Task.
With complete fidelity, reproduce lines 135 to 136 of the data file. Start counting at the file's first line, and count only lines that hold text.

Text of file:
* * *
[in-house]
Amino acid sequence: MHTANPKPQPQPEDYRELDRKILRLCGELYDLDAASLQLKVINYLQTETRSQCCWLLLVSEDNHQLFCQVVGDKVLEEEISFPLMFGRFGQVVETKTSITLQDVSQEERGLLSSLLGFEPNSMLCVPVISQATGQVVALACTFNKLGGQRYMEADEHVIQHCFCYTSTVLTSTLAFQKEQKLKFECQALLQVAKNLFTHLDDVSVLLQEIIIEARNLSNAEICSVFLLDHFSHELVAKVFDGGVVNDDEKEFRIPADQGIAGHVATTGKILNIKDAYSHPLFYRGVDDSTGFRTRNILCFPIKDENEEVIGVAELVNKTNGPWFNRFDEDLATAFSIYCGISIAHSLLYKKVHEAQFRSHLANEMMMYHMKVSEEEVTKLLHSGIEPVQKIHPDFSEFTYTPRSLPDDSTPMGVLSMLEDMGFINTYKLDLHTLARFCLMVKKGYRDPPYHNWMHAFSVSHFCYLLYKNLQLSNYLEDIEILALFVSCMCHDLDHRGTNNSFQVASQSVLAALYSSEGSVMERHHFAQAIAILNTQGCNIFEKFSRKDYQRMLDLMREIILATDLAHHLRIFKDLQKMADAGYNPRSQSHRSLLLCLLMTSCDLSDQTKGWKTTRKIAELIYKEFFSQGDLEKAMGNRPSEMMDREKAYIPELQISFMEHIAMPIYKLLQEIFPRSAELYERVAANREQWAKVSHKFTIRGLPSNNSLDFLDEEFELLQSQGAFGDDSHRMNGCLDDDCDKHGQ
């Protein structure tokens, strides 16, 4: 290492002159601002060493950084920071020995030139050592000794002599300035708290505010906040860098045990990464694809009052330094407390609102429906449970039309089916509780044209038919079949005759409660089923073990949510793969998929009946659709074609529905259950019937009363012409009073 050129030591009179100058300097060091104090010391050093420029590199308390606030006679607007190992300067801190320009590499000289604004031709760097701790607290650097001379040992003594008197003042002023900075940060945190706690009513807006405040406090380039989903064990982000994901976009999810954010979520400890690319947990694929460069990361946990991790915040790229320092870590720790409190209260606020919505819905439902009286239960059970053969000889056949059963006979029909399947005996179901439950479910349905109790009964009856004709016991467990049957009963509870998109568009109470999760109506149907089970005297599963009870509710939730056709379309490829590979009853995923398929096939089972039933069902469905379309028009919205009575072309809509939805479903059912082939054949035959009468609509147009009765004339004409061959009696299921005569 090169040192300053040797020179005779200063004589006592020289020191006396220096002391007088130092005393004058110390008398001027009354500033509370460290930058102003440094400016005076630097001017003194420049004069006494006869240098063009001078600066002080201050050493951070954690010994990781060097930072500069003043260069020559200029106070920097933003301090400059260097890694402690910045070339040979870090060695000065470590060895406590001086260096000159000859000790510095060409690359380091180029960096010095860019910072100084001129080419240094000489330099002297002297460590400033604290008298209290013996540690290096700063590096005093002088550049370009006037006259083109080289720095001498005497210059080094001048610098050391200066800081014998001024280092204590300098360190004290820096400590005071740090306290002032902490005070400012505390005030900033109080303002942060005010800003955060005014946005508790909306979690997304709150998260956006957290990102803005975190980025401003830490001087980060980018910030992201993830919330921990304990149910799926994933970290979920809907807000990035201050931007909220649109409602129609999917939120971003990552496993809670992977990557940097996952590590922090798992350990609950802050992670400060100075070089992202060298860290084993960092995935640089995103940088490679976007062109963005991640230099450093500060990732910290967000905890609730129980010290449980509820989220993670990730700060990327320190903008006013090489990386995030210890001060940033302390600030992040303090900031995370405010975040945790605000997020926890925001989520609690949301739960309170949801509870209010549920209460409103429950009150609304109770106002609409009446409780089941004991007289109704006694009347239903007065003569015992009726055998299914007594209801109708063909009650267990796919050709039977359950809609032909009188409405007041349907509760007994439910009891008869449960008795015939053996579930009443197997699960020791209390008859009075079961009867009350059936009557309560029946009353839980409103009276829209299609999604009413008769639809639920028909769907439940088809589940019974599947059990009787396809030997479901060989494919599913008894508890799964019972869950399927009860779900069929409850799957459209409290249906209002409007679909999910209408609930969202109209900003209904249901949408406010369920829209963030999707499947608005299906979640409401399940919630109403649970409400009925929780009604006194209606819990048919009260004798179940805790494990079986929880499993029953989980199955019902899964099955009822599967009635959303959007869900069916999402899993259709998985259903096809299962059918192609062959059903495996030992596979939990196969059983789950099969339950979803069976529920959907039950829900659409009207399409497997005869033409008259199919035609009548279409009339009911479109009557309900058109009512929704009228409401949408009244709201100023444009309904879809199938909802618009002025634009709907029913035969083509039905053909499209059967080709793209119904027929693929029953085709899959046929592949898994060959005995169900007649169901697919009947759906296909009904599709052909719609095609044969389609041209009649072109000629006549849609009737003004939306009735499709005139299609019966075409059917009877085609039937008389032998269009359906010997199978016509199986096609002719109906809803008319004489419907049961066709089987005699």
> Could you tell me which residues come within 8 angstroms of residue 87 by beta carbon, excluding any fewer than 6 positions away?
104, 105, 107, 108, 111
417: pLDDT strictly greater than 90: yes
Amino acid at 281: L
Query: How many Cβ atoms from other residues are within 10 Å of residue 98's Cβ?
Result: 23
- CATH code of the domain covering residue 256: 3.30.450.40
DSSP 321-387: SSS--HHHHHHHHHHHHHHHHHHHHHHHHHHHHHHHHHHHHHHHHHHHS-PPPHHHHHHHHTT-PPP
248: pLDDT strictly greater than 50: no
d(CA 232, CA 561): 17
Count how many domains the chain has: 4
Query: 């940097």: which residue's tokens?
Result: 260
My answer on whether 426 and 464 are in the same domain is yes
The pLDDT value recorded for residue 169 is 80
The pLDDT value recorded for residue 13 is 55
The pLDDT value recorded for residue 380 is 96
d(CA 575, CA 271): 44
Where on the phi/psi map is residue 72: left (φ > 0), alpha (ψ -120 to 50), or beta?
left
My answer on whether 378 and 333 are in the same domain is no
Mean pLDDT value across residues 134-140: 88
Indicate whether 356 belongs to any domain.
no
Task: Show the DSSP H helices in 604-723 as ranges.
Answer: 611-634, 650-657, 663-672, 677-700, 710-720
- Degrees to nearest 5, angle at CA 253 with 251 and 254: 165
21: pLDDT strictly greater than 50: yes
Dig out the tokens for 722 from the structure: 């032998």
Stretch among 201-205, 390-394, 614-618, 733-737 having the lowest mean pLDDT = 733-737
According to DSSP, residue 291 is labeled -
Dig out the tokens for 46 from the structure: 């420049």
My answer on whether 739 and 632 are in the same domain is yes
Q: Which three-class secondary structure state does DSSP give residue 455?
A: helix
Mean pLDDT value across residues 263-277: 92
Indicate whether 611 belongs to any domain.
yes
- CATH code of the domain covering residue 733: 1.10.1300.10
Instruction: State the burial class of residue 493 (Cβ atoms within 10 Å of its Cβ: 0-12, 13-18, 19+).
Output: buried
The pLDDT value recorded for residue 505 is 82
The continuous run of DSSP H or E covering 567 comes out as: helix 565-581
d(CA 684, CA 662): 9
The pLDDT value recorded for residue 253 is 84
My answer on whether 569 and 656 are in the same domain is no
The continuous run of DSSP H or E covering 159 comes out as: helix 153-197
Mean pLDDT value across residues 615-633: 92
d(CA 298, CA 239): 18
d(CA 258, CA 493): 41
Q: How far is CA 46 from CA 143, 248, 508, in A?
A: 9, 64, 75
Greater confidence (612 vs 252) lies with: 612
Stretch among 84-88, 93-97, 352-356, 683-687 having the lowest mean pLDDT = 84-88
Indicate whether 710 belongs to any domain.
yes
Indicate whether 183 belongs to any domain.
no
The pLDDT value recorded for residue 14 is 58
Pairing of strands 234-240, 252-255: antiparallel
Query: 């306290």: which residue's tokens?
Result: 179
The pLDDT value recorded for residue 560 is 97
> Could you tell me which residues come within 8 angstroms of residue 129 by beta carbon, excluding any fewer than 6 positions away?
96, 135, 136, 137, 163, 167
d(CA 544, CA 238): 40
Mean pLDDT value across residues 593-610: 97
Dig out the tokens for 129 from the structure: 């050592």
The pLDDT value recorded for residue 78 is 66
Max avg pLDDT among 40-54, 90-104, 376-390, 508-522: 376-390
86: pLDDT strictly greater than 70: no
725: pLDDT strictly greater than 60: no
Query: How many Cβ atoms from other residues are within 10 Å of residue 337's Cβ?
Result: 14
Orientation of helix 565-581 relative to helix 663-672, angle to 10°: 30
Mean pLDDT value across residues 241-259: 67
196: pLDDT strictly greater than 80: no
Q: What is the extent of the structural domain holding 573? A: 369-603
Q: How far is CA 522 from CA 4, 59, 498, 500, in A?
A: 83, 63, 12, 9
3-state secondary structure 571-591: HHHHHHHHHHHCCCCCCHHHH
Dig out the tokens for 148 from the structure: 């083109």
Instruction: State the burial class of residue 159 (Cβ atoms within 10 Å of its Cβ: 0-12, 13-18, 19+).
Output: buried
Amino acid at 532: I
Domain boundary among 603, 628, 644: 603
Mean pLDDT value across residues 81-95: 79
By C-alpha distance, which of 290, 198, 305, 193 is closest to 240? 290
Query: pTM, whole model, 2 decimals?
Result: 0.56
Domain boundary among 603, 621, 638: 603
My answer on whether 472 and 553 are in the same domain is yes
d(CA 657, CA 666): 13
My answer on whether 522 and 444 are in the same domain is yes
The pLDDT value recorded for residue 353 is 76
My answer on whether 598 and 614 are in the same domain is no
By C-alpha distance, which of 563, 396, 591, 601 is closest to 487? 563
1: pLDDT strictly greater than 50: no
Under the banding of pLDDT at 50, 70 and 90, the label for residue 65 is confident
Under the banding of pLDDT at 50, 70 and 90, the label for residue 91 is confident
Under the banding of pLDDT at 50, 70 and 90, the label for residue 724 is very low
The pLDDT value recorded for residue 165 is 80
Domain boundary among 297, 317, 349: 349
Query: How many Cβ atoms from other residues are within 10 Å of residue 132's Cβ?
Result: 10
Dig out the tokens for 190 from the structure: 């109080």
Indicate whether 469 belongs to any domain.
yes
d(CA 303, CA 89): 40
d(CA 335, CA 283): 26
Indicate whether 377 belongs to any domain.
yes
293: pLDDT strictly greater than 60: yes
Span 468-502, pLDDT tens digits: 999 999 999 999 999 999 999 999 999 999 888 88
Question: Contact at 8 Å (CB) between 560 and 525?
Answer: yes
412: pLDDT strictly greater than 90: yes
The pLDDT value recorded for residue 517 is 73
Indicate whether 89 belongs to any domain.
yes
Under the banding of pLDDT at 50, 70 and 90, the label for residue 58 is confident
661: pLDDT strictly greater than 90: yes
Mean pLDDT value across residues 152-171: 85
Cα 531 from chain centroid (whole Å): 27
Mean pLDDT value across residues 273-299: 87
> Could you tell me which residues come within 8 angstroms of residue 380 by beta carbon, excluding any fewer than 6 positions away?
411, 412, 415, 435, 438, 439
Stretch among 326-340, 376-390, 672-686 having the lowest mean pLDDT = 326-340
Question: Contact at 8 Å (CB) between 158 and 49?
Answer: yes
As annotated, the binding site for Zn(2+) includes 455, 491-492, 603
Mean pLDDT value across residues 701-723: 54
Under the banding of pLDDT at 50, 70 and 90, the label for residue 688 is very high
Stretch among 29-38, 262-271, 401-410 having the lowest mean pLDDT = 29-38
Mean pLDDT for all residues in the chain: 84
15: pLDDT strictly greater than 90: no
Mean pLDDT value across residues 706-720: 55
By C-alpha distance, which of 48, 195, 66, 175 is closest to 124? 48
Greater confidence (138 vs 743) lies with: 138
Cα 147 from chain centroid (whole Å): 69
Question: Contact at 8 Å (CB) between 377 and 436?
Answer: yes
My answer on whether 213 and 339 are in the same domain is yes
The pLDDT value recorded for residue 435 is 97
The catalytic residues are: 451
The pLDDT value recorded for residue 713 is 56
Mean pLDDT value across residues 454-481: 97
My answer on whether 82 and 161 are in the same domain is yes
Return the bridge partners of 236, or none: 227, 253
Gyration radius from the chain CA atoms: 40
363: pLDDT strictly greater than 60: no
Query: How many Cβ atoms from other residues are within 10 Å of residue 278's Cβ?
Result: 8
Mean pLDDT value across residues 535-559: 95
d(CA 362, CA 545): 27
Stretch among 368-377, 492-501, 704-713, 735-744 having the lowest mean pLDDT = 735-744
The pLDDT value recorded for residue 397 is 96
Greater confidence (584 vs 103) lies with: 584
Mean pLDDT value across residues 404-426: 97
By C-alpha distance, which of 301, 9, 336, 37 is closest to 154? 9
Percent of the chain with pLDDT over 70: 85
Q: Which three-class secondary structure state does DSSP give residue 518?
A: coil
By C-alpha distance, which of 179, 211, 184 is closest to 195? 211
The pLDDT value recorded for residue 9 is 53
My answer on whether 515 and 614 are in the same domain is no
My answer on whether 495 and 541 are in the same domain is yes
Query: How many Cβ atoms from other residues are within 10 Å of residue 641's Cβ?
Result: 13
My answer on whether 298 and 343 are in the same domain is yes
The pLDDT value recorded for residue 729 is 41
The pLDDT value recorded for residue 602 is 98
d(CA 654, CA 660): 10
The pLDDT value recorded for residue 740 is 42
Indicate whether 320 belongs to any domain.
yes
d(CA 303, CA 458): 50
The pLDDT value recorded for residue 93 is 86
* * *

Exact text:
Mean pLDDT value across residues 701-723: 54
Under the banding of pLDDT at 50, 70 and 90, the label for residue 688 is very high